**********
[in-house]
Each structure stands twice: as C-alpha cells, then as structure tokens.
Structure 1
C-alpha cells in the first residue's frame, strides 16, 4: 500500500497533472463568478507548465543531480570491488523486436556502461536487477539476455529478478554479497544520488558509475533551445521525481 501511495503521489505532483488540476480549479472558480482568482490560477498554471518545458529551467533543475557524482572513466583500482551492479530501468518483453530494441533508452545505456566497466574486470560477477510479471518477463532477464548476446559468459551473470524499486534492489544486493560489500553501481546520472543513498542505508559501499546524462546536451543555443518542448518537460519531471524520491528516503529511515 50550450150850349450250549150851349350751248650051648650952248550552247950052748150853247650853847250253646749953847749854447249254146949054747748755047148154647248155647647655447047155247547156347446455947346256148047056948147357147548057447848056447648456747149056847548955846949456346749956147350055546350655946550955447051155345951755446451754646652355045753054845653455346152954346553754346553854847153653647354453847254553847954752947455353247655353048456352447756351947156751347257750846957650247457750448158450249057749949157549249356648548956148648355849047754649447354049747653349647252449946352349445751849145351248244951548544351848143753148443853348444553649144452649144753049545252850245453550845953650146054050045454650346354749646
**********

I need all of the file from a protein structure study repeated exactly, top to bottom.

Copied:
[in-house]
Each structure stands twice: as C-alpha cells, then as structure tokens.
Structure 1
C-alpha cells in the first residue's frame, strides 16, 4: 500500500497533472463568478507548465543531480570491488523486436556502461536487477539476455529478478554479497544520488558509475533551445521525481 501511495503521489505532483488540476480549479472558480482568482490560477498554471518545458529551467533543475557524482572513466583500482551492479530501468518483453530494441533508452545505456566497466574486470560477477510479471518477463532477464548476446559468459551473470524499486534492489544486493560489500553501481546520472543513498542505508559501499546524462546536451543555443518542448518537460519531471524520491528516503529511515 50550450150850349450250549150851349350751248650051648650952248550552247950052748150853247650853847250253646749953847749854447249254146949054747748755047148154647248155647647655447047155247547156347446455947346256148047056948147357147548057447848056447648456747149056847548955846949456346749956147350055546350655946550955447051155345951755446451754646652355045753054845653455346152954346553754346553854847153653647354453847254553847954752947455353247655353048456352447756351947156751347257750846957650247457750448158450249057749949157549249356648548956148648355849047754649447354049747653349647252449946352349445751849145351248244951548544351848143753148443853348444553649144452649144753049545252850245453550845953650146054050045454650346354749646